• Kristin Perissinotto

A note to the white women of Australia

In the wake of International Women's Day and the many white-washed events and panels you all would have seen on your feeds, it's the time to examine our place in the feminist movement as white women. For many people, this won't be the first time you've heard the phrase 'white feminism,' which unfortunately is the more 'palatable' feminism, and the feminism corporate entities and the like will be more likely to adopt.


It's the 'girl boss,' 'women can do anything!,' feminism that excludes many groups whose voices are vital for desconstructing the patriarchy and morphing into a more equitable society. A catch-all for feminism is equality, something that's completely unachievable without diversity in our collective voice. All women share many experiences. The experiences of powerlessness, feeling ignored, in danger, and left out of decision-making. But there are women around the world who, on top of those experiences, also experience racism, transphobia, abelism, classism, and many intersections of 'isms'.


Yes, our country is lead by a stack of men who aren't burdened by any of the 'isms,' instead are the upholders of them. And yes, more women of any description should increase how friendly our country's laws are towards women. But we should aim higher than that. While I am painfully aware of the power the Prime Minister of this country is, and should expect much better from him - I hold myself and people alongside me who wear the label of 'feminist' to a much higher standard. We can do better. We are better.


The patriarchy is our enemy. We mustn't be divided. Within our collective, it's our responsibility to lift up voices who aren't heard. We need to own our privilege in a way. The idea of 'acknowledging' our privilege always seemed lacking to me. Acknowledgement doesn't always equal action, and in my experience, often leads to embarrassment and withdrawal. Instead of 'I have x privilege so I'm going to take a step back from x movement,' it should be 'I have x privilege, how can I use that to support x movement?'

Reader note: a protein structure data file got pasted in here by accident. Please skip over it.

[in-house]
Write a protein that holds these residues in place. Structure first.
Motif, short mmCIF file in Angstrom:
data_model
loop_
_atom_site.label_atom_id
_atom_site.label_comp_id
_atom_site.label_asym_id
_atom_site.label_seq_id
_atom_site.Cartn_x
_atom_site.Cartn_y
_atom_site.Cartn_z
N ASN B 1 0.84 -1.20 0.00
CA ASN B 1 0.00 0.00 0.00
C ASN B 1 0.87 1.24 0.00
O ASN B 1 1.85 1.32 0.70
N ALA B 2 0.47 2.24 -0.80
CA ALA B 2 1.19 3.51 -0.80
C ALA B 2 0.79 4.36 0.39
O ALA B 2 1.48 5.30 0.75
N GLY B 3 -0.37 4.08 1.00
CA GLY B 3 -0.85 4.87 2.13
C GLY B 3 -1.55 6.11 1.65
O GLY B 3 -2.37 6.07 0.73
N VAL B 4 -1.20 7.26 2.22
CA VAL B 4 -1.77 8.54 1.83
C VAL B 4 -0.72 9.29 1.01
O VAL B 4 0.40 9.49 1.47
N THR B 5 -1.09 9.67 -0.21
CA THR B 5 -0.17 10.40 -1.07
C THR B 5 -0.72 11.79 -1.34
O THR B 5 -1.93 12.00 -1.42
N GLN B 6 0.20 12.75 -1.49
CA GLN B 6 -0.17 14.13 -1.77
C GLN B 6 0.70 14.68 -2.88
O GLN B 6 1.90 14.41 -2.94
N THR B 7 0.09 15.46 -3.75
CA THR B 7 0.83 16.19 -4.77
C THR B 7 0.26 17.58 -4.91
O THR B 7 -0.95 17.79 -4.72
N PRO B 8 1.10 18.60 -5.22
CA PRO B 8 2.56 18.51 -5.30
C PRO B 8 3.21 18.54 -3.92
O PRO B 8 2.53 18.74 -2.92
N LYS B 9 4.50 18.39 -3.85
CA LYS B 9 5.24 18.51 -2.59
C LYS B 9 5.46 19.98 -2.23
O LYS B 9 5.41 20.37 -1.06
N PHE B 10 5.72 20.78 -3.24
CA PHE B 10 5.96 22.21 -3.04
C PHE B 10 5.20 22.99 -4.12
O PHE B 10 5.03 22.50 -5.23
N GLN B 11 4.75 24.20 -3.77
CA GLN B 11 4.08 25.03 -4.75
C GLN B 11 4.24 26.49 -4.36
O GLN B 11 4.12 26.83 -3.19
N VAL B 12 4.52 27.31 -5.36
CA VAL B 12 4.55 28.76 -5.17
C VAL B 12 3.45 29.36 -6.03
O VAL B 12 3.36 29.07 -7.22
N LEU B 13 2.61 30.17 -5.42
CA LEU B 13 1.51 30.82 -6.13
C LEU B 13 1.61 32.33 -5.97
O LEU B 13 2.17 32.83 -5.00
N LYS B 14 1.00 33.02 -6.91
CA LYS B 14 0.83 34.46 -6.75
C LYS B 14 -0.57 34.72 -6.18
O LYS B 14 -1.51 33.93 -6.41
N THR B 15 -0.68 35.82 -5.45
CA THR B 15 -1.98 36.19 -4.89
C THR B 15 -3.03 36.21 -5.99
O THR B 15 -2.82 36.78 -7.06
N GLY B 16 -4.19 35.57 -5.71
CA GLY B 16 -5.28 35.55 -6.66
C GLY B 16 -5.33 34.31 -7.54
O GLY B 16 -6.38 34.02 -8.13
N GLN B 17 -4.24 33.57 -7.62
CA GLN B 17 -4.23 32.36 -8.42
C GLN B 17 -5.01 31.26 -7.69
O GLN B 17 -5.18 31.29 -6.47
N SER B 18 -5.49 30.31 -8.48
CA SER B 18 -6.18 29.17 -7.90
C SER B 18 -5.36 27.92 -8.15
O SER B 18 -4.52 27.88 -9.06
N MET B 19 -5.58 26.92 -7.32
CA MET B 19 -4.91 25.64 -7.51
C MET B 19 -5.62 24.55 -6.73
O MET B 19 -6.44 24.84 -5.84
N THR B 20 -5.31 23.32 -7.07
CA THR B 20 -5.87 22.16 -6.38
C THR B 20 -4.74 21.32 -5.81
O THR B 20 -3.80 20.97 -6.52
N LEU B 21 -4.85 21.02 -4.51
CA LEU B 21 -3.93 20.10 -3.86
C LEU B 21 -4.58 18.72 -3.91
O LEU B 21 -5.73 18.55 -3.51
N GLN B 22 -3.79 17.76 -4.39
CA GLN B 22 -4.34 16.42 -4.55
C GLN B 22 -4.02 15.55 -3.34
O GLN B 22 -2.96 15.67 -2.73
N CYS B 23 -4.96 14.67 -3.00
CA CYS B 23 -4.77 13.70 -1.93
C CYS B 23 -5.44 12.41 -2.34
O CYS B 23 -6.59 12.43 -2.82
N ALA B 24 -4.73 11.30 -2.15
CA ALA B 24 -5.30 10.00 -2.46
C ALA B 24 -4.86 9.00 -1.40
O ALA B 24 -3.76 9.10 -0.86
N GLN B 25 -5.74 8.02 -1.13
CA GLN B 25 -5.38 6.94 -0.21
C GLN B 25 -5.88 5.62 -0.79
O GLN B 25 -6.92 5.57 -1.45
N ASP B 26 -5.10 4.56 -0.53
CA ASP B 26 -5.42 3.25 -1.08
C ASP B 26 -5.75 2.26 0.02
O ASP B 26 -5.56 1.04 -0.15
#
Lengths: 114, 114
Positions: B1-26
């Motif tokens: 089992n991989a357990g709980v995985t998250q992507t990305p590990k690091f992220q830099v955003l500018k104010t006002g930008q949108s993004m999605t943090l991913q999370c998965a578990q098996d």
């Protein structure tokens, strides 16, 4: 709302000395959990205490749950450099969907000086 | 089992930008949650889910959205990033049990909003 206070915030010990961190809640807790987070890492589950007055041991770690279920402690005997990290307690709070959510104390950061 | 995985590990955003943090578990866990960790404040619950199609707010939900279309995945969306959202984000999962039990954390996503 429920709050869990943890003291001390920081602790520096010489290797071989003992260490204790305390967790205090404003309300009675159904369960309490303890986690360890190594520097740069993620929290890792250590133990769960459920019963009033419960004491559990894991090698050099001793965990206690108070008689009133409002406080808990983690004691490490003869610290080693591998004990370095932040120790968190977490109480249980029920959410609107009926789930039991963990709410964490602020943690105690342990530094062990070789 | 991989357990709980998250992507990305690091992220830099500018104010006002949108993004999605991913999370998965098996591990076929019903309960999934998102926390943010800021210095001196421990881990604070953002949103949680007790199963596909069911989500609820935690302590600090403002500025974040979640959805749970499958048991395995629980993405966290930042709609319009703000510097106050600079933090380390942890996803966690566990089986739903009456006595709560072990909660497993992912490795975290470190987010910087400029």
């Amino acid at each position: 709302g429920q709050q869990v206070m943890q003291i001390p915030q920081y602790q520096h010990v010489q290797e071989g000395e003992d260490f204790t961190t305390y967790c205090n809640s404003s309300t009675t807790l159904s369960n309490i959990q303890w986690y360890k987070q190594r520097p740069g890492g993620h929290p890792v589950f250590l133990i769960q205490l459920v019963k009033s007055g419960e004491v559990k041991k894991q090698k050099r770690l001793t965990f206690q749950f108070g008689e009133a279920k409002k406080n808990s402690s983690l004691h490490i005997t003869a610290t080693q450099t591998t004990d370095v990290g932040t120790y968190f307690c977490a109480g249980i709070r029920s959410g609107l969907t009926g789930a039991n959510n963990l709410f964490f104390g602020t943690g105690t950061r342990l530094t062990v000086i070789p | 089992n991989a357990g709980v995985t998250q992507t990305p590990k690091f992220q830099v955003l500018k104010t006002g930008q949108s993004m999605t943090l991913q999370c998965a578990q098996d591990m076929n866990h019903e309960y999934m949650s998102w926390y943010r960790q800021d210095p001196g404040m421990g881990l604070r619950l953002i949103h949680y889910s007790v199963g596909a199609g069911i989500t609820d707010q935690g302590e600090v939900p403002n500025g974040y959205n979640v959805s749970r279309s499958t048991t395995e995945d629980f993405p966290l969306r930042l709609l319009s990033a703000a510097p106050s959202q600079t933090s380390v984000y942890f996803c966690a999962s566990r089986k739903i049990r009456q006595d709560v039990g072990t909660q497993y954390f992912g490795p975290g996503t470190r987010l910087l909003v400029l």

Maybe it's an introduction (we know the patriarchy thrives off those), maybe it's donating money or time, maybe it's offering a skill or a venue. As white women who are seen by many as something of the front line of feminism, it is our responsibility to pass opportunities to others and use our voices to point out inequalities and pass the mic. An example: maybe you're the head of a non-profit and are asked to speak on a panel. Ask who else is on the panel; ask if there are diverse voices represented; turn down events that refuse to highlight a range of voices; delegate your speaking position to someone who can offer a different perspective.


Don't be afraid of being silenced. We have our voices. Don't be afraid of losing something. What we have is here to stay. Uplifting diverse voices will only make us stronger. The Scott Morrisons of the country are so terrified to elevate women because they're afraid of losing something: power. For these men, it's often about individual power. The Prime Ministership, being a CEO or executive. The structures they uphold mean personal gain. But the women's movement has always been about the collective. Sure, there have been some theoretical bad eggs, but it's been about the marches, the wins for women, the power of us all coming together. How often do we hear of a 'pro-patriarchy' rally?


Our movement is not for personal gain. It's for the betterment of society. It's for equity. It's for the next generation and the one after that. Many feminists have fought for changes they didn't live to see. Many did it for their children, their sisters, the theoretical feminists of the future. Our movement isn't about standing on the stage and in the limelight. We must not be the same as the men we fight so hard against. We are better. Diversity makes us stronger. Diversity makes us more powerful. And to take down the patriarchy, to carry the torch that so many before us have carried, we need intersectionality.